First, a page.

Chickens are not the only birds we feed here at the ranch. We’ve got a collection of birdfeeders by our house to feed all of the feathered denizens of the woods around us as well as those who just stop by for a snack. We serve sunflower seeds and suet and add sugar water and jelly to our summer menu. Our arrangement with the birds is that we provide food for them and they provide entertainment for us. Win-win, right? Regularly glancing out the window to see who has stopped by for a snack is just part of life.
When our kids were young, they learned all of the birds’ names—and not just the last names (e.g. Cardinal, Grosbeak) but also the first names (e.g. Carl and Carla Cardinal, Gary and Mary Grosbeak). Of course, there were many cardinals and grosbeaks, but the males were all Carl and Gary and the females were all Carla and Mary—this system only presented a problem when multiples birds of the same species would show up at the feeder at the same time and then we could just say that Carl and Carla were entertaining guests.
Watching the birds at the feeder happens the year round, but it is especially fun in the spring as we wait for the first appearance of our migrators and the occasional glimpse of the birds that briefly stop by as they migrate through. With the Fourth of July behind us, we’re moving out of the spring season—nests are built, eggs are hatched, and fledglings are getting ready to leave the nest. On to summer! Here are a handful of springtime bird pictures that I’ve taken over the last several years.
Rose Breasted Grosbeaks are usually the first spring arrival at our feeders. They winter in Central America and Northern South America and are ready to chow down on some sunflower seeds when they show up.
Orioles winter in tropical South America and make the trip north each spring in a week-long Herculean effort that includes 24 hours of nonstop flying over the Gulf of Mexico. Orioles eat insects, but also like nectar, so are visitors to our hummingbird feeders. They also like fruit and the main feeder attraction is the jelly tray.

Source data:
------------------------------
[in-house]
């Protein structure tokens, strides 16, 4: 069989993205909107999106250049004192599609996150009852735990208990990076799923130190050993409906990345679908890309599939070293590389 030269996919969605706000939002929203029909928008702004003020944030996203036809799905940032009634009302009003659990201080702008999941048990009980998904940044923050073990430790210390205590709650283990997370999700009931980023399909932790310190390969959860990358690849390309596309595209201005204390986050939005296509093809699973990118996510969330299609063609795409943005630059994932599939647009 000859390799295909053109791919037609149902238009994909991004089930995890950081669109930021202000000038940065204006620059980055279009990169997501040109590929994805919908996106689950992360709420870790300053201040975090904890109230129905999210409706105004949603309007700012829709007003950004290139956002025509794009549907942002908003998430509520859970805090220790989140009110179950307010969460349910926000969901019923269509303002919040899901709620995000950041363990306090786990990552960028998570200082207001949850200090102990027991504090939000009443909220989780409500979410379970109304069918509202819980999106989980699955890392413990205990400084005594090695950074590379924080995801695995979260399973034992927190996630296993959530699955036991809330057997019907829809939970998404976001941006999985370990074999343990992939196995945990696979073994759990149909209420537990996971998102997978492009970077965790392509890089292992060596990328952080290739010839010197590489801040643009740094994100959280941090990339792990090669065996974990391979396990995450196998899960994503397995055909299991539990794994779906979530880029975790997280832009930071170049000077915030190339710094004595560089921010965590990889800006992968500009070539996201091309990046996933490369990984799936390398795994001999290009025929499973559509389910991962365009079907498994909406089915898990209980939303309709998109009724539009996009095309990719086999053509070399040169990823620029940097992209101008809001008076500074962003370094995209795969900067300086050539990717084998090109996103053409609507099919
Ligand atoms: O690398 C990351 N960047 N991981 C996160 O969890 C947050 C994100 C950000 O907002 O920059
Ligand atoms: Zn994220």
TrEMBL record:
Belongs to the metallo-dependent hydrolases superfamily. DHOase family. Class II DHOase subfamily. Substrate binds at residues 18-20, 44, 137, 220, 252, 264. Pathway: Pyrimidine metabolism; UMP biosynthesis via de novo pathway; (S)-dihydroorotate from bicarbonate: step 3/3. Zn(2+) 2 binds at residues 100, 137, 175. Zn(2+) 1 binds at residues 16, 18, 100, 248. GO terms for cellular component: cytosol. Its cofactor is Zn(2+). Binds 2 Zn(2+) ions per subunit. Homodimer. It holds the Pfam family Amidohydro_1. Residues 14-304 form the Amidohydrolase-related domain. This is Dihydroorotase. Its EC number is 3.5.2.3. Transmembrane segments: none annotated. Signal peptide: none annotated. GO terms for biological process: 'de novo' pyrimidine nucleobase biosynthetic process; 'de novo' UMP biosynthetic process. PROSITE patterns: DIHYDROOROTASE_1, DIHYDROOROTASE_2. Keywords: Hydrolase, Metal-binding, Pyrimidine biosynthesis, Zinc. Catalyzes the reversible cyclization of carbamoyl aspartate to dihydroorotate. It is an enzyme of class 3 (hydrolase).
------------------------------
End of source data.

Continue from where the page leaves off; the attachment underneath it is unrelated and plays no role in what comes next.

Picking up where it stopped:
We only have one jelly tray—we like to encourage the Orioles to get a balanced diet and not eat just jelly. But the availability of only one tray sometimes leads to long queues of orioles impatiently tapping their feet and looking at their watches as they petulantly wait their turn.
About the time the orioles show up, we also start seeing the Hummingbirds—and we’ll have the feeders up and waiting for them. While you can buy premade hummingbird nectar, we make our own by dissolving a quarter-cup of sugar in a cup of water.
There are 300 species of hummingbirds, but we only get Ruby Throated Hummingbirds here in Minnesota. Ruby throated hummingbirds winter in southern Mexico and Central America. They live solitary lives, and unlike other birds migrate singly, and not in flocks. It takes them two weeks to make their trip; not surprising—they’re tiny little birds with tiny little wings and must be really tired when they finally get here!
Scarlet Tanagers show up in May and go for the same grape jelly that attracts the orioles. They are as frustratingly hard to attract as they are beautiful to look at. We may see them at the feeder for a few weeks after they arrive here and then they build their nests high in the canopy of our oak trees and seldom grace us with their presence.
Indigo Buntings are as brilliantly blue as the tanagers are red, and are every bit as elusive as the buntings. Their appearances at the feeders are rare and celebrated events!
There are more warbler species than you can shake a stick at. We see many of them only because they migrate through on the way to their summer breeding range north of here. I don’t necessarily see each of these species every year. I’m sure they pass through every year, and they more than likely stop by, so it’s just a matter of me being in the right place at the right time to see them.
Yellow Rumped Warbler:
Cape May Warbler:
Goldfinches live here year-round and visit our winter feeders in huge flocks. The thing we look for in the spring is when they go through their spring molt and males start wearing their fancy bright yellow outfits!
The “Red Finches” are also year-round residents, and like the Goldfinches flock to the feeders in the winter. When they go through their spring molt the guys wind up with handsome red outfits. House Finches and Purple Finches are the two species that I lump together as “Red Finches” because it is so hard to tell them apart. I think the bird in this picture is a Purple Finch? Maybe?
The Wild Turkeys are year-round residents as well and come frequently in the summer for water from our birdbath and also show up in the winter to scratch through the sunflower seeds that the other birds have spilled on the ground from the feeders. The thing we wait for in the spring from the turkeys is that day when the first turkey mom shows up with her babies in tow.
We have many year-round woodpecker species, but the Yellow-Bellied Sapsucker is one that migrates—it spends its winters in the southern part of the US and its summers here and points north. The last few years we’ve been able to spot several nests in hollow aspen trees after hearing the loud peeps of hungry babies. The dad in this picture was on one of his never-ending trips for food for the family.
You can find more bird info and pictures in my post "Winter Non-Chickens".